Particle removal efficiency in the scrubber with an electrospray system.

We can see that particle removal efficiency increased with increasing electrical field strength at the same ratio of liquid-gas flow rate and with increasing FL/FG ratio at the same electrical field strength.

Fig. 7 shows the fractional collection efficiency as a function of electrical field strength at the fixed FL/FG ratio of 0.35 L/m3. The most penetrating particle size was in the range of 0.1-0.7 μm. Especially, the collection efficiency of 0.3 μm particles was quite low being about 41% at the electrical field strength of -3.2 kV/cm. However, it was improved to 84% at the electrical field strength of -3.6 kV/cm. This is considered as electrospray effect.


Fig. 7. 
Fractional collection efficiency of the scrubber with an electrospray system as a function of particle diameter.

Therefore, enhancement of collection efficiency by using electrospray system in a spray tower scrubber is expected to meet the tightened permissible emission standards to a certain extent.

3. 4 Effects of Electrospray

In general, the scrubber’s collection efficiency depends on particle size. Diffusion is a dominant collection mechanism for particles less than 0.05 μm. However, impaction, interception as well as diffusion should be considered as collection mechanisms of particles in the range of 0.05-1.0 μm and inertial impaction is dominant for particles bigger than 1 μm (Carotenuto et al., 2010; Lim et al., 2006; Kim et al., 2001). As shown in Fig. 3, the particle size used in this study was around 0.1-2.0 μm; therefore, removal mechanisms such as diffusion, impaction, interception seem to be effective. Collection efficiency due to diffusion is high at small sized droplets, low relative velocity between droplets and particles, and high number concentration. The collection efficiency due to inertial impaction depends on the Stokes number which represents inertial force, and increased with increasing droplet size and relative velocity. Collection efficiency due to interception increases with decreasing droplet size and increasing number concentration (Lim et al., 2006; Jung et al., 1998).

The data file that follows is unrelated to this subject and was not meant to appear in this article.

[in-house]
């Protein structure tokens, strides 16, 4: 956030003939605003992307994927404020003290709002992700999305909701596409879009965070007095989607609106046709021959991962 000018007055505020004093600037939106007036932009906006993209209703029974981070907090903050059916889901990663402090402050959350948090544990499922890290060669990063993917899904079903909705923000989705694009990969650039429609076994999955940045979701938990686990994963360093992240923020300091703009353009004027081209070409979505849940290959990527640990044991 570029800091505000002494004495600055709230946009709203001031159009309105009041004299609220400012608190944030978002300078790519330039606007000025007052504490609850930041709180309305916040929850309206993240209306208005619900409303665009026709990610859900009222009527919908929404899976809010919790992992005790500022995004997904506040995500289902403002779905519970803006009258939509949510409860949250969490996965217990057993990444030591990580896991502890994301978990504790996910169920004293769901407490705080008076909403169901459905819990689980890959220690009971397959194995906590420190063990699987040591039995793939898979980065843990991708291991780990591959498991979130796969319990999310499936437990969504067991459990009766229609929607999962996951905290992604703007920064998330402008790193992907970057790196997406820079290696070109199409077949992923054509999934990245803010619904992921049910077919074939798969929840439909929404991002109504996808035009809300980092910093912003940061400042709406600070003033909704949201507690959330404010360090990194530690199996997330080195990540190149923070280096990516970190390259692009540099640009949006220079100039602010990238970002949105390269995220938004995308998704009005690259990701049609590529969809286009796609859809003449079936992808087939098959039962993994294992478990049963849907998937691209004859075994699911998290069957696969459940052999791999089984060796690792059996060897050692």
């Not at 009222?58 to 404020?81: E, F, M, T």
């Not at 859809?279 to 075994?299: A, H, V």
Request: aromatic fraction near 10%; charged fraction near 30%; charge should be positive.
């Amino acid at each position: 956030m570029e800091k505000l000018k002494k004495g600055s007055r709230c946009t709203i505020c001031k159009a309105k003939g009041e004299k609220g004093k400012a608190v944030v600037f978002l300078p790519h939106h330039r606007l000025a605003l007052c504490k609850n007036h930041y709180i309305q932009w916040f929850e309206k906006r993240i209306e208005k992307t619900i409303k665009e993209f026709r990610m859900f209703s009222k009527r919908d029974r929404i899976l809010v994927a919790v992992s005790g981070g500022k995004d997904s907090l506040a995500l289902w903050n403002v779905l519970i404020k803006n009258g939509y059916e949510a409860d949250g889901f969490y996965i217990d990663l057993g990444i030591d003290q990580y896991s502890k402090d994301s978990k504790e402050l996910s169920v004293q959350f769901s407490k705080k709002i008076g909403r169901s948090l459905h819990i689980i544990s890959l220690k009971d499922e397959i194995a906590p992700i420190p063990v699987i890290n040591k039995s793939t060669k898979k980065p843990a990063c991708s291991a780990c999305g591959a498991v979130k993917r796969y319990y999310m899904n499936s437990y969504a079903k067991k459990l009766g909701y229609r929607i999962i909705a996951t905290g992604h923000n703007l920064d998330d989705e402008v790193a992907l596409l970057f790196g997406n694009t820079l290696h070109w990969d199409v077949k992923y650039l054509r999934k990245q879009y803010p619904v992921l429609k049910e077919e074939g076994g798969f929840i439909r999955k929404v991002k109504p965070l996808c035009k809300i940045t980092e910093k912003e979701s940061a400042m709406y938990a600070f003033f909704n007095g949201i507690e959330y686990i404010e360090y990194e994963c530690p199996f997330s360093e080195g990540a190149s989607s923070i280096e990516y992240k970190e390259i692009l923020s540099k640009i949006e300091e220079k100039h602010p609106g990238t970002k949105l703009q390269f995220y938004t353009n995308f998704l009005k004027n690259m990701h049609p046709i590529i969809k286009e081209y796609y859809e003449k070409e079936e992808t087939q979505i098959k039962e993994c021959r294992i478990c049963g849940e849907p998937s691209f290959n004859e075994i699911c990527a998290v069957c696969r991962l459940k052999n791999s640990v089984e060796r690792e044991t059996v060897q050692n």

We could see that the droplet size decreased with increasing applied voltage in the electrospray system, and hence the number concentration of droplets increased since water flow rate was constant. This is the reason of increasing collection efficiency in the electrospray system.

Furthermore, the highly charged droplets can easily attract particles, resulting in electrical agglomeration between particles and droplets. This is considered as another reason to increase particle removal efficiency.


4. CONCLUSIONS

The electrospray system was installed to enhance particle collection efficiency of the spray tower scrubber in this study. Particle removal efficiency was measured at various electrical field strengths and the ratios of liquid-gas flow rate. The results are shown below.

  • 1. Collection efficiency of fine particles in the electrospray system was improved by increasing electrical field strength and the ratio of liquid-gas flow rate.
  • 2. A number of small droplets generated from an electrospray system lead high collection efficiency, resulting from electrostatic attraction between droplets and particles and higher collision frequency.
  • 3. From these results, it is possible to meet the tightened permissible emission standards of particulate matters even with a small investment amount which installs the electrospray system on existing spray tower scrubbers.